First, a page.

Recently one morning, on the bus ride to the subway, I chose not to spend those 15 minutes of my daily commute the way I normally would, that is, by reading or gazing out the window. Instead, I closed my eyes, wanting to listen to the sounds the bus made, wanting to know if those sounds might constitute a kind of music.
What I noticed first was the thrum of the engine, rising and falling as we lumbered down the road. At first, this noise seemed like nothing more than an indistinct mass of sound, quiet, generally featureless. When the driver applied the brakes for the first time, I heard a noise like a distant French horn—it was then, while stopped at a light, that the engine’s vibrating whirr began to take on a different character: it was like a cluster of microtones, out of which I began to hear individual notes emerge. When the bus started up again, it discharged a gentle whoosh—puh-paaah, the acceleration producing a high-pitched jangling, a whistling sound, something metallic. The sound of the engine had shape—it would crescendo and decrescendo—and every bump in the road resulted in more than a gentle jolt; I heard the striking of a bass drum, or some other percussion instrument. Somewhere beneath me, from the bus’s undercarriage, came another percussive noise, another beating of a drum: bum-baaah, bum-baaah, bum-baaah. Then, a gentle rain began to fall, and I became aware of the faint click of the windshield wipers, a regular rhythm that seemed to provide a structure for all the other surrounding sounds—sounds governed by their own, irregular sense of time. I had never noticed any of this before, and when I opened my eyes, I felt not only as if I had indeed been listening to a piece of music, but that its hum and throb and percussiveness were inside me. Even the computerized voice announcing, Silver Spring Station, transfer to the Red Line, had a noticeable cadence, a lilt, as did the sound of a man talking softly on his cell phone several rows ahead of me. Had I any talent at all for composition, I could have put all this down on staff paper, and called it my opus 1.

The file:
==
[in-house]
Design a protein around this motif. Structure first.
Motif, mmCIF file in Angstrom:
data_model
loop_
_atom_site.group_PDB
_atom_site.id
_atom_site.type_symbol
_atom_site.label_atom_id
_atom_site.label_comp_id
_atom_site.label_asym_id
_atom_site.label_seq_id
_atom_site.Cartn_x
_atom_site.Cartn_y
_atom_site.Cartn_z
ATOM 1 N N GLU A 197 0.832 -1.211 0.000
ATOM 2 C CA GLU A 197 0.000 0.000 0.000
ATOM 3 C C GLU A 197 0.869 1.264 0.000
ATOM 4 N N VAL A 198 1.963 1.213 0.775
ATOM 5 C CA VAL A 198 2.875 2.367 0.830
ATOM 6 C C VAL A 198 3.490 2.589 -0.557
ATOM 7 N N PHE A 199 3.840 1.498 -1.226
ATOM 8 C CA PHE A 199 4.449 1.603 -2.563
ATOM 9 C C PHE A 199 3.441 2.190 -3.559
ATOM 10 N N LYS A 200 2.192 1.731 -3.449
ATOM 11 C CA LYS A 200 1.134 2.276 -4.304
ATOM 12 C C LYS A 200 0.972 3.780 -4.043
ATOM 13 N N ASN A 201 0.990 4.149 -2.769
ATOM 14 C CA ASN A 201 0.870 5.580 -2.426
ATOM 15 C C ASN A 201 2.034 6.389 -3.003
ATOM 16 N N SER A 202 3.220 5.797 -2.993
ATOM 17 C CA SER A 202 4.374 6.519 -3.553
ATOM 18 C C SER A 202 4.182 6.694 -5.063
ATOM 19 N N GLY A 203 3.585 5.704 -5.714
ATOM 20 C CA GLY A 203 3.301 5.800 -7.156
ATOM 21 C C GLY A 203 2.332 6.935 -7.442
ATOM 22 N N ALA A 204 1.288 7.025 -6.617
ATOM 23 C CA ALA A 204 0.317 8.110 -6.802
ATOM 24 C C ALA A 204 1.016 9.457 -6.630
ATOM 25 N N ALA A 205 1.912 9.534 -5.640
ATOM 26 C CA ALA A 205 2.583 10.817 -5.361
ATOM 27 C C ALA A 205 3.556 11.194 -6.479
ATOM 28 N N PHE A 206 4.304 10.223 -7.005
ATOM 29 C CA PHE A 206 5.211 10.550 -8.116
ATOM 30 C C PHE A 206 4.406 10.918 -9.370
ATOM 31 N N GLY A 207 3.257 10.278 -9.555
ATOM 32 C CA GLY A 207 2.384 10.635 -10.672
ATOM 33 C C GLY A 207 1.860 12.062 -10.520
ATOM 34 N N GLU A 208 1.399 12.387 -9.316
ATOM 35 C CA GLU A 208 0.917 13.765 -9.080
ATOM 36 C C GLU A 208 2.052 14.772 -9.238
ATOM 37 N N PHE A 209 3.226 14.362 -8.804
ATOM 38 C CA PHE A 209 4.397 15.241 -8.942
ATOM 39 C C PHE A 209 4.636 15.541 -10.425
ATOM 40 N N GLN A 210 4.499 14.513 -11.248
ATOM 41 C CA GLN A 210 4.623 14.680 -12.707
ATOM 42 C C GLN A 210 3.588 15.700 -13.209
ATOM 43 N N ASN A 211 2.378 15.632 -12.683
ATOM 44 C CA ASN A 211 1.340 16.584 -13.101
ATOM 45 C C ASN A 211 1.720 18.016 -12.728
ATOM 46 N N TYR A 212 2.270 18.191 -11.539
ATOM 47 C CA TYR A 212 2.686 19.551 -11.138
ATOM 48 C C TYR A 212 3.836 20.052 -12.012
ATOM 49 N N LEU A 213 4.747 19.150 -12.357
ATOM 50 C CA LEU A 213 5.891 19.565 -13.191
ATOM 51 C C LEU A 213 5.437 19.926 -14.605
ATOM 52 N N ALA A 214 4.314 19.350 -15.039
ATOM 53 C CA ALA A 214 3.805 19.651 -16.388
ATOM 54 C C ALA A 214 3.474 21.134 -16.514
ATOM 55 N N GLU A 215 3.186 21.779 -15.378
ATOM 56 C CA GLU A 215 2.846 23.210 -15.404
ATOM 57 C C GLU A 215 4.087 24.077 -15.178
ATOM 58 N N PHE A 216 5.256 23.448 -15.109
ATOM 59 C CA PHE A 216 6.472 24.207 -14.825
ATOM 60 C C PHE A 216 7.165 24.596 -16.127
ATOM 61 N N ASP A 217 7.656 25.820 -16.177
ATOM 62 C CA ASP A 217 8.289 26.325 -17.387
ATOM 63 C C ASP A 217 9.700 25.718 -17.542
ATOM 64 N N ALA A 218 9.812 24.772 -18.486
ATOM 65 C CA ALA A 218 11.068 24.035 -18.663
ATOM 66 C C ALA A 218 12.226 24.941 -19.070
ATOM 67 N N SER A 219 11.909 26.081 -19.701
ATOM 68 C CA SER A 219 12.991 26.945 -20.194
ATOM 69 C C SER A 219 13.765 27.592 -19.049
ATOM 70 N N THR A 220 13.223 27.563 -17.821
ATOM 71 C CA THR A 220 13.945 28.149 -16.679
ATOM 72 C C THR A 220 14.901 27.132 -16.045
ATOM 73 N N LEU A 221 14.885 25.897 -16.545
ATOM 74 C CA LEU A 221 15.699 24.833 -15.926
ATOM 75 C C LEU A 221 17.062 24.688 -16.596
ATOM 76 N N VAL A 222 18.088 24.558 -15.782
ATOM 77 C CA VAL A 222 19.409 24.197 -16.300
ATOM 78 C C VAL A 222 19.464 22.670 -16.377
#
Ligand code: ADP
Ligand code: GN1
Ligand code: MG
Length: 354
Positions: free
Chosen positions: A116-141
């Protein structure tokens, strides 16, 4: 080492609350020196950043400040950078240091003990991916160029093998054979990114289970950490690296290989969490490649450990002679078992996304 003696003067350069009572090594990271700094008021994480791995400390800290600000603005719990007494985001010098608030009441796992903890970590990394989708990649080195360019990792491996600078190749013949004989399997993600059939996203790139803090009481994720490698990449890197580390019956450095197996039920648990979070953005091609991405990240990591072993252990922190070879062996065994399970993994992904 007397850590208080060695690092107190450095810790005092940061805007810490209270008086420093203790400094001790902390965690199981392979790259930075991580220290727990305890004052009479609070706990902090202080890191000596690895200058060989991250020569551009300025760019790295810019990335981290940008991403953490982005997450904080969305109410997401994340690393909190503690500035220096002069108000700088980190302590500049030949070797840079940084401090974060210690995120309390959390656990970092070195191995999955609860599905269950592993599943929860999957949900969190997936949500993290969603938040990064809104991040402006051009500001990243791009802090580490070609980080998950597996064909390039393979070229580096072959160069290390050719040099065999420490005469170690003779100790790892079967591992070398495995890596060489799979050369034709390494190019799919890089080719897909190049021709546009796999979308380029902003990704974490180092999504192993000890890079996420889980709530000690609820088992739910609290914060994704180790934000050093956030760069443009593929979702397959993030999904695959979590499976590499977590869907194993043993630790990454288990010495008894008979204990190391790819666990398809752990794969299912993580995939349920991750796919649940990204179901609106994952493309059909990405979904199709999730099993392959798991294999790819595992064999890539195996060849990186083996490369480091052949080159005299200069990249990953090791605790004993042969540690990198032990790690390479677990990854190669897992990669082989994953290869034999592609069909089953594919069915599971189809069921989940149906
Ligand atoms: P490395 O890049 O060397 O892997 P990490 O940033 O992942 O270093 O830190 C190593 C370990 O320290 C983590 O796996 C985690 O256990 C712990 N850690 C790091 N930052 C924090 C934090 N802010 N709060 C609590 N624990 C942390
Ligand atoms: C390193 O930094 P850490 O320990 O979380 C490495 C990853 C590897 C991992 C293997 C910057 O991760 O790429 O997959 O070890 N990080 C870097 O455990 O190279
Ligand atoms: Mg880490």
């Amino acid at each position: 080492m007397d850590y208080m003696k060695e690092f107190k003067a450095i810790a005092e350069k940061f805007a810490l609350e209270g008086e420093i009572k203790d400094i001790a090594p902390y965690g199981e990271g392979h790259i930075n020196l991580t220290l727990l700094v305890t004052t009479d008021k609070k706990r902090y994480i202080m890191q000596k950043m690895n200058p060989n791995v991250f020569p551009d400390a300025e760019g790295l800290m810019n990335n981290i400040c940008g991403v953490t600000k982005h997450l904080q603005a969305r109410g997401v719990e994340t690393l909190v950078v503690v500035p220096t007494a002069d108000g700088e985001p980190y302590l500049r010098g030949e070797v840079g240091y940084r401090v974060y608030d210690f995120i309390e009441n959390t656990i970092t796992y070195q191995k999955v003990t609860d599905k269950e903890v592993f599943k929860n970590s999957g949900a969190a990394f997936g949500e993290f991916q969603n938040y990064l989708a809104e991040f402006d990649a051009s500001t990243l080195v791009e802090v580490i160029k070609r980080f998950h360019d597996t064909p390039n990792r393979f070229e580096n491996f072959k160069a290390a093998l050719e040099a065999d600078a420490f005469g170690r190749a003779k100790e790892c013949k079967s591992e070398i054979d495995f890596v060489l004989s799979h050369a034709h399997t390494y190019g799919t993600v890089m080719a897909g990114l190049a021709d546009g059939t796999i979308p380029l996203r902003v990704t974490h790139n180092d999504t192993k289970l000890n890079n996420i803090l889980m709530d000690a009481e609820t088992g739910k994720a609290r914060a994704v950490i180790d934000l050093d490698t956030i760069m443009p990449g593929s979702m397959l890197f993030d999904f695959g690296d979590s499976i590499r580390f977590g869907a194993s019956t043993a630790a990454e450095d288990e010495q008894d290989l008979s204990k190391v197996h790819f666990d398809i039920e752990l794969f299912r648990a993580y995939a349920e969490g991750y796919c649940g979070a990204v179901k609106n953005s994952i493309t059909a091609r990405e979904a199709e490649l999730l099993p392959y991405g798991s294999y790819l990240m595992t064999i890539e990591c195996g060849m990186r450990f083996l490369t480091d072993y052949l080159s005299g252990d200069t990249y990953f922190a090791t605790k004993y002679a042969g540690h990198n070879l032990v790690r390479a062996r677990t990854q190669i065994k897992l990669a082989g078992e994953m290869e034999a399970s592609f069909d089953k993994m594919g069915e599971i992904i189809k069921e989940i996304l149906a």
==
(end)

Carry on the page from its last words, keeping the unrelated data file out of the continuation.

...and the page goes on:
Last week, I wrote about the music of Toru Takemitsu, and I must admit that I got the idea for this little sound experiment from one of his essays, which appears in a collection called Confronting Silence (published in English translation in 1995). One day in 1948, Takemitsu was stuck on a crowded Tokyo subway when he became “conscious only of the rhythm of the train and its physical effect on” him. This pulse “coursed through our bodies,” he writes, “pounded inside our perspiring skins; and I and the others in the subway leaned on this rhythm, receiving some kind of rest from it.” It came to Takemitsu like a revelation: that the sounds and rhythms to be encountered in the wider world might be introduced into his musical compositions. “More precisely,” he writes, “it was then that I became aware that composing is giving meaning to that stream of sounds that penetrates the world we live in.”
What is noise, and what is music? Perhaps a more compelling question is: After the cultural cataclysms of the 20th century, need we even distinguish between the two? Great music can be harsh and discordant, it can jar and grate, it can take its inspiration from the factory or the countryside. It can be systematically structured, or it can rely heavily on chance, as do the aleatoric scores of John Cage, Karlheinz Stockhausen, and Witold Lutosławski. In the mid-1960s, Edgard Varèse, a composer who knew a thing or two about the possibilities of sound, wrote, “To stubbornly conditioned ears, anything new in music has always been called noise. … What is music but organized noises?”